Oklahoma Congressman Jim Bridenstine, who was nominated to become NASA’s next administrator by the Trump administration on Sept. 1, may get a Senate confirmation hearing as early as next week. The choice of the 42-year-old Republican pilot has raised objections among some of his fellow members of Congress, because Bridenstine does not have a technical background, as well as from environmentalists, due to his views on climate change.
However, a pre-hearing questionnaire submitted by Bridenstine addresses some of these criticisms and also offers some important clues about where he would like to see the space agency go. “With NASA’s global leadership, we will pioneer the Solar System, send humans back to the Moon, to Mars, and beyond. This requires a consistent, sustainable strategy for deep space exploration.” Bridenstine supports human missions to the Moon before going to Mars.
Among the first critics of Bridenstine’s nomination on Sept. 1 were Florida’s two senators, Democrat Bill Nelson and Republican Marco Rubio. Nelson toldPolitico that the head of NASA should have a professional background, rather than a political one. Rubio echoed Nelson’s sentiments, saying, “I just think it could be devastating for the space program. Obviously, being from Florida, I’m very sensitive to anything that slows up NASA and its mission.” He added that NASA’s administrator should have a scientific perspective.
The study, published in the Annals of Internal Medicine, adds to evidence that sedentary lifestyles can increase health risks. However, the study aimed to push the conversation forward, not just look at how much time people spend sitting each day and what that does to health. The researchers also tried teasing apart patterns of sitting. The authors, led by researchers at Columbia University, hoped to address more nuanced questions, such as: if you have to sit all day for work, can you reduce your health risks by getting up every 30 minutes? Or, if you’re generally active, are there still health risks from a 10-hour Netflix binge each week?
The questions are good ones. Based on the study’s vastmediacoverage, health-conscious Americans are leaping for answers and specifics on the risks of our sedentary, modern lives.
(SAN FRANCISCO) — Credit monitoring company Equifax has been hit by a high-tech heist that exposed the Social Security numbers and other sensitive information about 143 million Americans. Now the unwitting victims have to worry about the threat of having their identities stolen.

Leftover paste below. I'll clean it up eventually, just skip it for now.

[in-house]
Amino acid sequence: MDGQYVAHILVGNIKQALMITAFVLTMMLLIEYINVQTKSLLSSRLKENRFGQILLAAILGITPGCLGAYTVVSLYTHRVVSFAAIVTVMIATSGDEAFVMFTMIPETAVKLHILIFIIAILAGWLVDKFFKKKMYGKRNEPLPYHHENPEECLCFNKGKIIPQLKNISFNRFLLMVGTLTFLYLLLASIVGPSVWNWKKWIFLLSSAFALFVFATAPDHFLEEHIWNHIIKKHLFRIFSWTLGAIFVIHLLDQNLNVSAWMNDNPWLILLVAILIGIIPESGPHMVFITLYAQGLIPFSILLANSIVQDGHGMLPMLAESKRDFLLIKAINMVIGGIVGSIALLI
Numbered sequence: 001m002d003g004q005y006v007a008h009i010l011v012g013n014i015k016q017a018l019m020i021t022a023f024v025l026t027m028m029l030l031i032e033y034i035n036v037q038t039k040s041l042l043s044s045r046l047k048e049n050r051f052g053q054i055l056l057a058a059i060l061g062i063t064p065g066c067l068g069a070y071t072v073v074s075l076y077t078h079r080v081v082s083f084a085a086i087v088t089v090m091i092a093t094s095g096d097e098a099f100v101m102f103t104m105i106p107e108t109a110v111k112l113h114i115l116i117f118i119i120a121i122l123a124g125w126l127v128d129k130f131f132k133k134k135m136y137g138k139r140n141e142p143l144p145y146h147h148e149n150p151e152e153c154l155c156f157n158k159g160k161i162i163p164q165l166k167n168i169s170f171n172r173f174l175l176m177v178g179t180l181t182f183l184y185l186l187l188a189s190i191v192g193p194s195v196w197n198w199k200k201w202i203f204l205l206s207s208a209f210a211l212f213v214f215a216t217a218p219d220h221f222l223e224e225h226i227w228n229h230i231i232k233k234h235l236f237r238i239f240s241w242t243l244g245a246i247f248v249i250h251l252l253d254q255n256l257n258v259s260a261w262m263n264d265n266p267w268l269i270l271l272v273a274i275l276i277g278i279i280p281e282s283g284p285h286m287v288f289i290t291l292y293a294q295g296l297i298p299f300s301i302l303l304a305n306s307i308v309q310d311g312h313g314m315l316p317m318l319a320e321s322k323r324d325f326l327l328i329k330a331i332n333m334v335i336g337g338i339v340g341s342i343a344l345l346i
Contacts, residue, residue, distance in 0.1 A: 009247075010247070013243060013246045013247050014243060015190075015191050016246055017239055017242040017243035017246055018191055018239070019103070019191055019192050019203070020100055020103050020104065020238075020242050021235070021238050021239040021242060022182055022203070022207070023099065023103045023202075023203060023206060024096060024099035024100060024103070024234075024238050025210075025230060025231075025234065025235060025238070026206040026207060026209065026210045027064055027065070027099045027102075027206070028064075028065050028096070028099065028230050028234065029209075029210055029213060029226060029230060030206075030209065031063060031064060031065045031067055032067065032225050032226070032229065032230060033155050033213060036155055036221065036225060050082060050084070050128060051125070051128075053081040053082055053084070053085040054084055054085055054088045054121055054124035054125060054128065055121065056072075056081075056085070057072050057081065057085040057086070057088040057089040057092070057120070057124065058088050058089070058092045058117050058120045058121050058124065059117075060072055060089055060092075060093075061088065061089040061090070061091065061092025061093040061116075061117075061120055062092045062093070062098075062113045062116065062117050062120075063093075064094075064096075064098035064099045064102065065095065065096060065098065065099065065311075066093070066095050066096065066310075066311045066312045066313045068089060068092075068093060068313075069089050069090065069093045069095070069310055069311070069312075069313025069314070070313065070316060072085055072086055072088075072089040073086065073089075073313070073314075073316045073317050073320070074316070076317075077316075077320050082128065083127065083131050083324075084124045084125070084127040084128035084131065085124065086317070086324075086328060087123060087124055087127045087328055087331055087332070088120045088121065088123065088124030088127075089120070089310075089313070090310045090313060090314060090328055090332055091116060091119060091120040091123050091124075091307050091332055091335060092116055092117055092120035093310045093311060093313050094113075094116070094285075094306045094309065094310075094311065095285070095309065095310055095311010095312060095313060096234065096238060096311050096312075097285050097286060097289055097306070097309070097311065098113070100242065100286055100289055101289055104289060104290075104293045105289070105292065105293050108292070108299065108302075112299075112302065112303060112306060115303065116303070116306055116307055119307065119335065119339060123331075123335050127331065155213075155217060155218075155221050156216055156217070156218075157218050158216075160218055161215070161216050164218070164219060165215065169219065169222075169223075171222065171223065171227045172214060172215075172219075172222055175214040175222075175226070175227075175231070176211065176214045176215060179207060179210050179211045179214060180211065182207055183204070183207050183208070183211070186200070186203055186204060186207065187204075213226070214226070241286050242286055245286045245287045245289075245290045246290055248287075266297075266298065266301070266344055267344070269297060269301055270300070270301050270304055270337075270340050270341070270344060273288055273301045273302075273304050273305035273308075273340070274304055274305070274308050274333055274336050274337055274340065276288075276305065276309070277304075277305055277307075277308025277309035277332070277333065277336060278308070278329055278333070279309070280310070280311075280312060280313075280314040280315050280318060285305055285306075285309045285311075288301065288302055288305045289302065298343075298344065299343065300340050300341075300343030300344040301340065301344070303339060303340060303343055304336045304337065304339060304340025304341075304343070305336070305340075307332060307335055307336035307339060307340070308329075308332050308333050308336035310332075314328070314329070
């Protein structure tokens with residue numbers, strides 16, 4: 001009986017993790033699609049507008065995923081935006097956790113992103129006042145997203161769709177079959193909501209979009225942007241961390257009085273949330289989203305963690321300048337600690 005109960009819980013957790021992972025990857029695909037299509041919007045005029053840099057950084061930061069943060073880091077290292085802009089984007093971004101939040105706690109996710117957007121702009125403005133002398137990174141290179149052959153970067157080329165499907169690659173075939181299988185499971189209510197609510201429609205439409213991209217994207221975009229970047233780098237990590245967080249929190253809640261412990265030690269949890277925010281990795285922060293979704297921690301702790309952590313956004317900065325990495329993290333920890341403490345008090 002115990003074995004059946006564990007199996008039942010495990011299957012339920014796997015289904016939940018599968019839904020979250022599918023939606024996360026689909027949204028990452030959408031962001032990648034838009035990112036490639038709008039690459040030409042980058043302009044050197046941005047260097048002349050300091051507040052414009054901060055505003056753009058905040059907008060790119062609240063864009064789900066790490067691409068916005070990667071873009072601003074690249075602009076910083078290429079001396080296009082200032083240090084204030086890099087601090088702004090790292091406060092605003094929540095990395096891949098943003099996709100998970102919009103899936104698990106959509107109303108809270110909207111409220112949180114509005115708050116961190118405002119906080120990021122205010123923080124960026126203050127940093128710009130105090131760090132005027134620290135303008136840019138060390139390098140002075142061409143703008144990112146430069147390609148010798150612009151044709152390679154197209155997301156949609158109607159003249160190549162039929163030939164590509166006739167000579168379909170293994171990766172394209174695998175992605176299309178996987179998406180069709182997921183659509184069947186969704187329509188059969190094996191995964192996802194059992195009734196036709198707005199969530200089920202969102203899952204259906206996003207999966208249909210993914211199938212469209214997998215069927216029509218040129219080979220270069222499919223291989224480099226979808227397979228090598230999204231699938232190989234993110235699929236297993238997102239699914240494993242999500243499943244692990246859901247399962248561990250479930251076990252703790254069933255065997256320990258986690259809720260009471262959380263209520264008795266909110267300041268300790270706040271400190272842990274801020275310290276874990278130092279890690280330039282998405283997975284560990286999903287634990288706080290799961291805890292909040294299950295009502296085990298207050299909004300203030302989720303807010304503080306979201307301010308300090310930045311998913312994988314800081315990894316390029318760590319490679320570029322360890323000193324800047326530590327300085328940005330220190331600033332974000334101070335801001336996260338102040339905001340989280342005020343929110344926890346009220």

The Atlanta-based company, one of three major U.S. credit bureaus, said Thursday that “criminals” exploited a U.S. website application to access files between mid-May and July of this year.
The theft obtained consumers’ names, Social Security numbers, birth dates, addresses and, in some cases, driver’s license numbers. The purloined data can be enough for crooks to hijack the identities of people whose credentials were stolen through no fault of their own, potentially wreaking havoc on their lives. Equifax said its core credit-reporting databases don’t appear to have been breached.
“On a scale of one to 10, this is a 10 in terms of potential identity theft,” said Gartner security analyst Avivah Litan. “Credit bureaus keep so much data about us that affects almost everything we do.”
Lenders rely on the information collected by the credit bureaus to help them decide whether to approve financing for homes, cars and credit cards. Credit checks are even sometimes done by employers when deciding whom to hire for a job.
Equifax discovered the hack July 29, but waited until Thursday to warn consumers. The Atlanta-based company declined to comment on that delay or anything else beyond its published statement. It’s not unusual for U.S. authorities to ask a company hit in a major hack to delay public notice so that investigators can pursue the perpetrators.
The company established a website, https://www.equifaxsecurity2017.com/ , where people can check to see if their personal information may have been stolen. Consumers can also call 866-447-7559 for more information. Experian is also offering free credit monitoring to all U.S. consumers for a year.
“This is clearly a disappointing event for our company, and one that strikes at the heart of who we are and what we do,” Equifax CEO Richard Smith said in a statement. “I apologize to consumers and our business customers for the concern and frustration this causes.”